Just how good is the Santa Rosa band? Judging from its all-French program Saturday at the GMC, the answer is “fantastique.” Whether it can approach its San Francisco cousins in talent will be a matter of much debate when the latter ensemble travels to the GMC next month. In the meantime, North Bay music lovers can revel in their orchestra’s newfound sonic brilliance.

That brilliance was on particular display in the third movement of Berlioz’s “Symphonie Fantastique,” the concluding piece on a program that also embraced works by Saint-Saëns and the contemporary composer Martin Matalon. The movement began with a gorgeous duet between English hornist Bennie Cottone and off-stage oboist Laura Reynolds. The sound of each instrument was crystalline, floating through the air like the cooings of a pair of mourning doves. The orchestral accompaniment, when it arrived, was by turns a babbling brook or a raging torrent, with the dynamics and velocity pirouetting at a moment’s notice. The ensuing clarinet solo by Roy Zajac was elegant, and the concluding dialogue between English horn and timpani was mesmerizing.

From start to finish, the performance of “Symphonie Fantastique” was an object lesson is orchestral expressivity. Music Director Bruno Ferrandis, restraining himself to a podium that seems much too small for his dancelike gestures, was in perpetual motion, producing strong dynamic contrasts throughout Berlioz’ masterpiece. The beginning was hushed, with great sound from the basses. The inevitable crescendo was both energetic and shapely, culminating in a convincing display of orchestral might, particularly from the violins.

The second-movement waltz was fresh as well as lilting, with brisk tempos and fully engaged players. The clarinet duet near the end was especially charming, leading to a smattering of applause. After the gorgeous middle movement, the fourth and fifth movements made for a long cascade of increasingly dense and frantic sound. The famous “march to the scaffold” in the fourth was marked by strong contrasts and quickening tempo. The fifth, with its bass drums, orchestral bells, and relentless “Dies Irae” theme, was a headlong rush to ecstasy. Every section of the orchestra sounded terrific, nowhere more so than when the strings suddenly began playing “col legno,” hitting their instruments with their bows. It was a signature moment in an inspired performance.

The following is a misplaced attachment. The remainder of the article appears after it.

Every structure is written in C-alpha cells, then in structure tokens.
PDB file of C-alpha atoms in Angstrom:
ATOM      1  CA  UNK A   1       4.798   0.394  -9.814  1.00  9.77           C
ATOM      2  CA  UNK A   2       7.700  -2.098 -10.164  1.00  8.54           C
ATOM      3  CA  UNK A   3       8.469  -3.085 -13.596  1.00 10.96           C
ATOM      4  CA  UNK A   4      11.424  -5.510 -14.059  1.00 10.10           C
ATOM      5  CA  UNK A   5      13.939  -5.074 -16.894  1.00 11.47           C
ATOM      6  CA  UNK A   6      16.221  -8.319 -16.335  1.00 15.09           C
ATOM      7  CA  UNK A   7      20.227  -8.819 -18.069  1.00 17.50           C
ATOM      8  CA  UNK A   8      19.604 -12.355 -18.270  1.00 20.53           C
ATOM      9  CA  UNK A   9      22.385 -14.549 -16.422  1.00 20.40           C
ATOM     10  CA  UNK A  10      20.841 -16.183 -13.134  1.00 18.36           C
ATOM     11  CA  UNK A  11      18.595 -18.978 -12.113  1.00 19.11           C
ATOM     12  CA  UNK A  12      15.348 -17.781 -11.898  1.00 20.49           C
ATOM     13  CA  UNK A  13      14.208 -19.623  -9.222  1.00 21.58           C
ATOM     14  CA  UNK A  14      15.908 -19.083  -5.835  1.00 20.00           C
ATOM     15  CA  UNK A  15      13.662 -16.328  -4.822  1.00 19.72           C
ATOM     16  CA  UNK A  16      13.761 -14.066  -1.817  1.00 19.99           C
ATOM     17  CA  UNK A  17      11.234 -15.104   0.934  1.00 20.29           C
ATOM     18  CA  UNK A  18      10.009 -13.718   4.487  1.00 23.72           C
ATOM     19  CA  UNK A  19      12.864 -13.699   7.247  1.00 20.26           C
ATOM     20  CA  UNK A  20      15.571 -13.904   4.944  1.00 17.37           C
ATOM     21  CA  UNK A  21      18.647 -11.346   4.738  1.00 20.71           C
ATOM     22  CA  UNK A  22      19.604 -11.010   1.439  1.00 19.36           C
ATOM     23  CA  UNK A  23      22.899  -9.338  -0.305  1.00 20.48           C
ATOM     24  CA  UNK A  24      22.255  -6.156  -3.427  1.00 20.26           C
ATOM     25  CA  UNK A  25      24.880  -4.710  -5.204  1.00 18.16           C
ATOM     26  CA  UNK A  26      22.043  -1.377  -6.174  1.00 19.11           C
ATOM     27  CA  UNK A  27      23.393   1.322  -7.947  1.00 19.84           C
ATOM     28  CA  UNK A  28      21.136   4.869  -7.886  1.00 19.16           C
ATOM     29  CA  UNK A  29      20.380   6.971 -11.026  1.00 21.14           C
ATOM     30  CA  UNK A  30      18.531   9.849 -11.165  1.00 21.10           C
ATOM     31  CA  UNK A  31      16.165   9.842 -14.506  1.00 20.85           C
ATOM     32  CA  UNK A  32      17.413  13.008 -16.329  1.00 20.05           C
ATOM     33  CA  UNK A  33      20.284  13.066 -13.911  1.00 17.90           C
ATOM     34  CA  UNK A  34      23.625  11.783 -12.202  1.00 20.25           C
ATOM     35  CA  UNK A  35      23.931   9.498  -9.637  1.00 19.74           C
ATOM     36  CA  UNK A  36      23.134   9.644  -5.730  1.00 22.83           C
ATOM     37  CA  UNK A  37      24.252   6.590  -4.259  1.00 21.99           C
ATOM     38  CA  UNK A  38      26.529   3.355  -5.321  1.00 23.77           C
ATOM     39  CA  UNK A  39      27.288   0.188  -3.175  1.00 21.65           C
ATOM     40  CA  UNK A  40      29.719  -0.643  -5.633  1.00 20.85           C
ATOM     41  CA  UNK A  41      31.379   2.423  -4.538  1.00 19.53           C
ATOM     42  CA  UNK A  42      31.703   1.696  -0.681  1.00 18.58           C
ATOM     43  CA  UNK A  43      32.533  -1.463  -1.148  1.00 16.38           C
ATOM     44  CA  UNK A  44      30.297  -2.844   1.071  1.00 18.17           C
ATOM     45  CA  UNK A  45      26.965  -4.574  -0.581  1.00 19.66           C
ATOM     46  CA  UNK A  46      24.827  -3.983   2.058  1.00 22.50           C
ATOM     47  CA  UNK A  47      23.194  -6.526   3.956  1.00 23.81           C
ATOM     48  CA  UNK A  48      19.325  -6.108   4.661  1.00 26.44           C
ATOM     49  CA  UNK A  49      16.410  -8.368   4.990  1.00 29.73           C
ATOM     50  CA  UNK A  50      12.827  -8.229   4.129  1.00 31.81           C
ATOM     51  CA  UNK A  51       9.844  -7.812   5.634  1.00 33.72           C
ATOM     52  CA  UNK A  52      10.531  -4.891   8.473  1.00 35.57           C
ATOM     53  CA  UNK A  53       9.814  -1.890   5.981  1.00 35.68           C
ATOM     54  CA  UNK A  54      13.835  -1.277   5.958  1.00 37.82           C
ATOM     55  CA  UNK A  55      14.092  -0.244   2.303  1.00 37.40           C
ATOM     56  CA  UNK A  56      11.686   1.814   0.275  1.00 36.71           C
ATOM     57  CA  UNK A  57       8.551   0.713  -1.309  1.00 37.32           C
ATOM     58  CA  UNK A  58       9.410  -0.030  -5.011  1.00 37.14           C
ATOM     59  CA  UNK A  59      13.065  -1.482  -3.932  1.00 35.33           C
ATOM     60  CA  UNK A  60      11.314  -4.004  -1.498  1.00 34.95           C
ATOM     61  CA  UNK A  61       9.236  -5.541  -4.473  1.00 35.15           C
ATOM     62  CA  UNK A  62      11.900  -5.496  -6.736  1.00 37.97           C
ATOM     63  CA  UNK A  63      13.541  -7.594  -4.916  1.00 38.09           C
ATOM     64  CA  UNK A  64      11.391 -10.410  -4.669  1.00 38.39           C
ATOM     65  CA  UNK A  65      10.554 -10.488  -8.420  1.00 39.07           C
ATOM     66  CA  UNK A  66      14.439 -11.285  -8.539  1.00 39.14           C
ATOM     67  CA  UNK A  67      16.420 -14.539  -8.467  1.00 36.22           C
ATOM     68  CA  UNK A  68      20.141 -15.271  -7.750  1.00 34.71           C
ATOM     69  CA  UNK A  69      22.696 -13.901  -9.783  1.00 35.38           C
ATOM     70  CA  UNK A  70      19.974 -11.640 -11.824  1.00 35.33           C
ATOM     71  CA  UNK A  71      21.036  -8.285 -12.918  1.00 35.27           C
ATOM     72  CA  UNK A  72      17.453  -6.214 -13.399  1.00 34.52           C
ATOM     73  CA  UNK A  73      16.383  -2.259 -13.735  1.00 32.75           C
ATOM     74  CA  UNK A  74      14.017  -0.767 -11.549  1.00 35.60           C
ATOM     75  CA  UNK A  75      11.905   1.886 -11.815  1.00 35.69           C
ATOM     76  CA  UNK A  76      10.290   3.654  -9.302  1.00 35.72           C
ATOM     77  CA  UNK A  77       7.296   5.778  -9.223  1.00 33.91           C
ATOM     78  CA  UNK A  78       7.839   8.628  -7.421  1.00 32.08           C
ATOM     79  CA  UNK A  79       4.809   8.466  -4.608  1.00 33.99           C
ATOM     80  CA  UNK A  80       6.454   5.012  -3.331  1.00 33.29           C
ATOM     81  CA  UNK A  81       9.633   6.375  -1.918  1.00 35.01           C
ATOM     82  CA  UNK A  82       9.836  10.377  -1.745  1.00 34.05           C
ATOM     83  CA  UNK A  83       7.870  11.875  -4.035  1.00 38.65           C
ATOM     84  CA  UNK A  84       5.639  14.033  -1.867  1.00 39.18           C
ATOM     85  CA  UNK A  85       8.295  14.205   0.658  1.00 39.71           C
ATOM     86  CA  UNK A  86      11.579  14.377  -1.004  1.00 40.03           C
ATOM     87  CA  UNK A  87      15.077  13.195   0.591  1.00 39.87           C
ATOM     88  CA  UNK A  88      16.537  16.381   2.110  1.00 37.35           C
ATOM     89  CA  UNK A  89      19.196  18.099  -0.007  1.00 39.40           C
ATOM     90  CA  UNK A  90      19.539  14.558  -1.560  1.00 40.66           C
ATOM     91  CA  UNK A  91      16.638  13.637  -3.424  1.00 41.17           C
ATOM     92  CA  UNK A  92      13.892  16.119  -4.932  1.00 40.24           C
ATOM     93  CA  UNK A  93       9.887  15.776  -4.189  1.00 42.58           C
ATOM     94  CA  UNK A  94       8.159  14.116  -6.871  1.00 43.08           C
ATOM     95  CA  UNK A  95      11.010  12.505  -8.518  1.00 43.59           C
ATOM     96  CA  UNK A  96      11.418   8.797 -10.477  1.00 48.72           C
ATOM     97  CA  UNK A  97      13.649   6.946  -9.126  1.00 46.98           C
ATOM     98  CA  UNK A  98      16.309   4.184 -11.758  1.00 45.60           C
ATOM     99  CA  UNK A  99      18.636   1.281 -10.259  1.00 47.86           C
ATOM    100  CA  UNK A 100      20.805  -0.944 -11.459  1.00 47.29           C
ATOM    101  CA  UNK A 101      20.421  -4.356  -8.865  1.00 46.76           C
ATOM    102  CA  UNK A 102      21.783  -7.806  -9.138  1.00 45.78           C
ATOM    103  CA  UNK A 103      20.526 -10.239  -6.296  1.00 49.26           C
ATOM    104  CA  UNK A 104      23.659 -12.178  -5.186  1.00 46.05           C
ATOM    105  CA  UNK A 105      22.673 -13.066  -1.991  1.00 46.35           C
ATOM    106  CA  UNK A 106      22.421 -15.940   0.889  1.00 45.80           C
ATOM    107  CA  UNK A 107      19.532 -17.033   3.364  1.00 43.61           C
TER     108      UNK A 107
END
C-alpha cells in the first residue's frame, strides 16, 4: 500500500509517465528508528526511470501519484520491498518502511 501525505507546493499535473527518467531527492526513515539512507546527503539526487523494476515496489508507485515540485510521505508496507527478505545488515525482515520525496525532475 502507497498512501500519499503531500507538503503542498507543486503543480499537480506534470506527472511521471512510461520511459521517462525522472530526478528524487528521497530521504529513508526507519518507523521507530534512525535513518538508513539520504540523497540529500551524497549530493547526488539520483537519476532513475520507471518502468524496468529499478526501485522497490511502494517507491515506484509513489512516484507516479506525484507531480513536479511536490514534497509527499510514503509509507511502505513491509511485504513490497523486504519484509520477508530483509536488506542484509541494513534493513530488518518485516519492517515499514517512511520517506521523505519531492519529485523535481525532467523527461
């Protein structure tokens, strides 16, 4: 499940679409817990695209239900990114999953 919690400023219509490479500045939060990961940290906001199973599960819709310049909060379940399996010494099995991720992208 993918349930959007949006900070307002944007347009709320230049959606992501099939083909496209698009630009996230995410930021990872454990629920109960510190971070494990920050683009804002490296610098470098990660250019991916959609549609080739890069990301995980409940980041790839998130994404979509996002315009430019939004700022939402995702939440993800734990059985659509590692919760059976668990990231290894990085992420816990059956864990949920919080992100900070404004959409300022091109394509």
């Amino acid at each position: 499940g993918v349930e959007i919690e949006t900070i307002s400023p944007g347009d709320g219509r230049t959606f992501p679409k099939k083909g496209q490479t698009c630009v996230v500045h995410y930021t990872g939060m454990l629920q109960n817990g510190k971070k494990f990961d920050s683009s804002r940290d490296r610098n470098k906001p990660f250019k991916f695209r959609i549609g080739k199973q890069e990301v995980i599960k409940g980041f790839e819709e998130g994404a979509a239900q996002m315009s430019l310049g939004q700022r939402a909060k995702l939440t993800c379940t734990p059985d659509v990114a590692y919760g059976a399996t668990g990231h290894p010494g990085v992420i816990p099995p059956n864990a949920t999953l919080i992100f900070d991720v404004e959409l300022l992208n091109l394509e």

The performances in the first half were likewise inspired, even if the music was not. The evening began with Martin Matalon’s “De tiempo y de metal” (Of time and of metal), which premiered in 2010 at the Abbey of Noirlac in France. Matalon, an Argentine who lives in Paris, conceived the piece, which is scored for a dozen brass instruments, as a kind of homage to the antiphonal works that Gabrieli and other 16th-century composers wrote for St. Mark’s in Venice. Indeed, the Santa Rosa musicians prefaced their performance with a quick spin through Gabrieli’s “Song for First Tones,” dated 1597.

The players were arranged on the stage somewhat antiphonally, with a pair of trumpets on each side, four French horns clustered in the middle, and three trombones and a tuba dispersed betwixt and between. The piece began quietly, with muted fast runs from the trumpets punctuated by occasional blats from the tuba. There seemed to be as much silence as sound, yet the silences were filled with the hypnotic stroke of Mr. Ferrandis’ baton, which kept a steady beat throughout.

“De tiempo y de metal” lived up to its title, with both a strong temporal element and an inventive exploration of the sounds made by metal instruments, from rushing wind to full-throated roar. The ending was effective, as were certain sections, but the piece mostly sounded academic, more concerned with cataloging possibilities than harnessing them to something larger.

Similar problems afflicted the Piano Concerto No. 2 by Camille Saint-Saëns, ably performed by Jean-Philippe Collard. Saint-Saëns suffered from an excess of facility, the notes pouring from his pen in an unending stream of Romantic abandon. His second piano concerto, the only one of five performed with any regularity, features a captivating scherzo in the middle, but the outer movements are a continuous blur of notes without any definite direction, an overwhelming sauce that drowns the dinner beneath.

Collard proved himself capable of playing any notes Saint-Saëns threw his way, from the resonant bass chords at the beginning of the first movement, to the many descending cascades in the middle and to the long cadenza at the end. He used lots of pedal and made a prodigious sound, more than matching the orchestra in volume. He seemed to grow stronger as the concerto wore on, building up some genuine excitement in the concluding movement, but in the end Saint-Saëns lies beneath his talent. A better concerto would have made a good concert great.

[Reprinted with permission from San Francisco Classical Voice.]